The revival of Isaac Albeniz's operas constitutes an admirable undertaking, and this issue of Henry Clifford is a major addition to the catalogue. I may be in the minority, however, when I find this opera even more satisfying overall than Decca's very successful recording of Merlin (though that recording sported an even stronger cast). Henry Clifford is set during the War of the Roses and is, just as Merlin, in English - in fact, just as in Merlin, the music is surprisingly devoid of the Spanish folk music element that characterizes Albeniz's piano music for instance. But the music is no less ravishing for that.
Henry Clifford, which was composed in 1893-95, has not managed to retain a toehold in the repertoire. That isn't really a surprise - Albeniz's collaborator was once again the millionaire banker Francis Burdett Money-Coutts (ok, so this was the first attempt - Merlin is 11 years later), and the quality of the libretto is, shall we say, somewhat variable (but not really as consistently horrible as some commentators have claimed, especially if you are able to take something of an ironic distance). In any case, the work, composed in a style drawing on Grand opera and Wagner, is full of beautiful, soaring arias, rousing ensembles and stirringly evocative, superbly scored orchestral passages (in fact, the gorgeous orchestral passages may just be the work's most magnificent parts). The third act is musically speaking the tautest, but the first two are nevertheless more immediately enjoyable.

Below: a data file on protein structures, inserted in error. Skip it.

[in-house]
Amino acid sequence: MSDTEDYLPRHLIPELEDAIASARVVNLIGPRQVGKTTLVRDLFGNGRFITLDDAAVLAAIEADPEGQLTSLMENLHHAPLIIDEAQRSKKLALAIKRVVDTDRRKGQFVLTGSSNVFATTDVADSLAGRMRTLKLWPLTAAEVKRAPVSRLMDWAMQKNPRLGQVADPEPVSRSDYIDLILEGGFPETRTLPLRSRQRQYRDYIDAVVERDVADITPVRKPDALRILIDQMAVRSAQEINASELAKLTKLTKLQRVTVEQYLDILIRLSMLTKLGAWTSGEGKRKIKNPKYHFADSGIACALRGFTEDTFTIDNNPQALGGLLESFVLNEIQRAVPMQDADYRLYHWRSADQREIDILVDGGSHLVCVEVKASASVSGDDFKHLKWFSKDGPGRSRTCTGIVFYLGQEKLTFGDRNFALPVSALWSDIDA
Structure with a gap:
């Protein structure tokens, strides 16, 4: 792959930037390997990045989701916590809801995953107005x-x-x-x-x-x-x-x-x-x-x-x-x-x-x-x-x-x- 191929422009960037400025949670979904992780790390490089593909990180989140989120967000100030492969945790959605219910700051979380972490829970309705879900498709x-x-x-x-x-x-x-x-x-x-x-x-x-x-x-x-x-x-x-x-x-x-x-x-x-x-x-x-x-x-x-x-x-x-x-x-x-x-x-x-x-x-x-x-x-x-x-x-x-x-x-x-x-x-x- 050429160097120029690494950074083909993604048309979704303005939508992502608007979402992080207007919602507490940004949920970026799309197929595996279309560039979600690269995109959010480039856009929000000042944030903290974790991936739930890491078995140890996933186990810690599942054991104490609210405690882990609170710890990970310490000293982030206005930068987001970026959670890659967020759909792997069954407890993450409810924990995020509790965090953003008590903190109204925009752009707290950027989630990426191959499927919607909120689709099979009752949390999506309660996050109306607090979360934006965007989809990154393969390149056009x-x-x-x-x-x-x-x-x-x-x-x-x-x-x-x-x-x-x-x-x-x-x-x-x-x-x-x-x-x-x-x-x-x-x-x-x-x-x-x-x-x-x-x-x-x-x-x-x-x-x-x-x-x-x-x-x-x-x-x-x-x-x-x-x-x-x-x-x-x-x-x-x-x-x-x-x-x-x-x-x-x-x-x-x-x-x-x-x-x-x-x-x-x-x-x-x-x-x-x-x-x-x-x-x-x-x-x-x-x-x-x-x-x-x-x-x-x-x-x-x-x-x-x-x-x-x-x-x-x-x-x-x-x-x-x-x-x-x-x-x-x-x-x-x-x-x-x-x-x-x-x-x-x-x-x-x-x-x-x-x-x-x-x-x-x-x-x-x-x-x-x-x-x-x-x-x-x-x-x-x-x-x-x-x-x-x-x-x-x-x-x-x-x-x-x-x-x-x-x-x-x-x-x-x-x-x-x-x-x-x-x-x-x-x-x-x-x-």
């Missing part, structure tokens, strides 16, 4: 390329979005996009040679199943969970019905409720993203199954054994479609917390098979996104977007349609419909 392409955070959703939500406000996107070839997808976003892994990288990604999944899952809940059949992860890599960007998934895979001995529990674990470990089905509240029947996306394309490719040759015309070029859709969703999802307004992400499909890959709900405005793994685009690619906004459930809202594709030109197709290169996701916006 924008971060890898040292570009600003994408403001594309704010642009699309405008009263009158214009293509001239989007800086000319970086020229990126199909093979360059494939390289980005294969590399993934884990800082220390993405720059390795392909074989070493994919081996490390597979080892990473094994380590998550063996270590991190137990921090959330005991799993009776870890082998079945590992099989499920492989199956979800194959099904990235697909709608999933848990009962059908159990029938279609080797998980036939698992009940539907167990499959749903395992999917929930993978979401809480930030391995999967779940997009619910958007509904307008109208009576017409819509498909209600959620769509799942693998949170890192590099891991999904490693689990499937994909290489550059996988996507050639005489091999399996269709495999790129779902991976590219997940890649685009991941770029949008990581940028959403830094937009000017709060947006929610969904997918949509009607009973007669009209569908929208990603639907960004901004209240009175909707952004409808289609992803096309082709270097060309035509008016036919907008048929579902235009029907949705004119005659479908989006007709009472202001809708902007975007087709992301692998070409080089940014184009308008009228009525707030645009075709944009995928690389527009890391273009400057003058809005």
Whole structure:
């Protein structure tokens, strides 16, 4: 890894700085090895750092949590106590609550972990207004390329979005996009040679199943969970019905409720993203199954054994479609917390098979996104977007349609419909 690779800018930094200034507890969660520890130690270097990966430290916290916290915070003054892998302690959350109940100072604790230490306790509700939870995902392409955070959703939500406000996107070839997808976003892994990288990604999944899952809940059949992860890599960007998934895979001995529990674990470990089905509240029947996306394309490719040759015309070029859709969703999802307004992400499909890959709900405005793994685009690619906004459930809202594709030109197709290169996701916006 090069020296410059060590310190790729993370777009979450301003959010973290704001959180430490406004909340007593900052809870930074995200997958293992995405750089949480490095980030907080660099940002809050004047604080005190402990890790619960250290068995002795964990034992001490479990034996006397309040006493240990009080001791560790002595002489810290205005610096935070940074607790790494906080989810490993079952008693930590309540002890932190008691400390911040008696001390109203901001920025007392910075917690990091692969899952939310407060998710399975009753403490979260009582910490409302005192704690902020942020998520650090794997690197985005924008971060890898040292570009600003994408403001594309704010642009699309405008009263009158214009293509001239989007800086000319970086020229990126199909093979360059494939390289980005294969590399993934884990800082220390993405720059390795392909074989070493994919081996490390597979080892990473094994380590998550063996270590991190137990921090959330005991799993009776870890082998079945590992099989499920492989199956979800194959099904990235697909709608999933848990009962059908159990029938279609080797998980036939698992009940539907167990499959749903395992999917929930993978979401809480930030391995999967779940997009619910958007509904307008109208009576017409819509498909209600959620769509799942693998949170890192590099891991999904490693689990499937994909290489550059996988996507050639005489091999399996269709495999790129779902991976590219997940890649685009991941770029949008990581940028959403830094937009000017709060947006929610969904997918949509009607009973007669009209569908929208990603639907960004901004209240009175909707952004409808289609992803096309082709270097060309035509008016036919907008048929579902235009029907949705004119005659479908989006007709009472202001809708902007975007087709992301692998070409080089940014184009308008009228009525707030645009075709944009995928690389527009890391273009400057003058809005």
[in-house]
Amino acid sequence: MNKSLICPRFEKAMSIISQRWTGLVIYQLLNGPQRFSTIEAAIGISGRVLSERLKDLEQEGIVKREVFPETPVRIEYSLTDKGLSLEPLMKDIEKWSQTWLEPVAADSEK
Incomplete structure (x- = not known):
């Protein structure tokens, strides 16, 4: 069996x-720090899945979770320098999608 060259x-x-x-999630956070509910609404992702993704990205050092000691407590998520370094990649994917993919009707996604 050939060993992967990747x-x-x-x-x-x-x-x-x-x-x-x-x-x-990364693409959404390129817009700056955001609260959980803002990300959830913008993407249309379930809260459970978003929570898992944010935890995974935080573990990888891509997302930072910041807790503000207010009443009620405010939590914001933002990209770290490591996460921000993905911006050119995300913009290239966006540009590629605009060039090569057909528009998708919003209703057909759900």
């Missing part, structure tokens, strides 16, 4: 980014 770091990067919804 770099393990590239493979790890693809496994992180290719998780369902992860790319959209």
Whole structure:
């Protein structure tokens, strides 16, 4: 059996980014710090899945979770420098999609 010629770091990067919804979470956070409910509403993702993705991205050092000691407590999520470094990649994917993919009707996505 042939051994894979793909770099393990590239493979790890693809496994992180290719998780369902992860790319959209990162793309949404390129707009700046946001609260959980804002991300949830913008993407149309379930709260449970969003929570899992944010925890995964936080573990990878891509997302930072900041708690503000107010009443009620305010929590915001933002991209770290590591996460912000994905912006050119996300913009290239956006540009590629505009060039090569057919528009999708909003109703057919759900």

Among the consistently fine cast of soloists, Aquiles Machado stands out with a ravishingly sung, splendidly characterized performance. Among the other roles, one sometimes notices that the singers are a little strained (the vocal parts are by no means easy). If the male roles come across as better overall, it is however probably mostly due to the fact that their roles are somewhat more convincingly written (some of the text, especially text sung by the females, is indeed appallingly silly) and the music slightly more skillfully written for the voices. The recording is a live one, but there are no intruding noises, and the sound is warm and clear although the soloists are not always perfectly balanced relative to each other. Overall, however, and despite some caveats, this is a recording that ought to be heard and treasured by any lover of late romantic opera.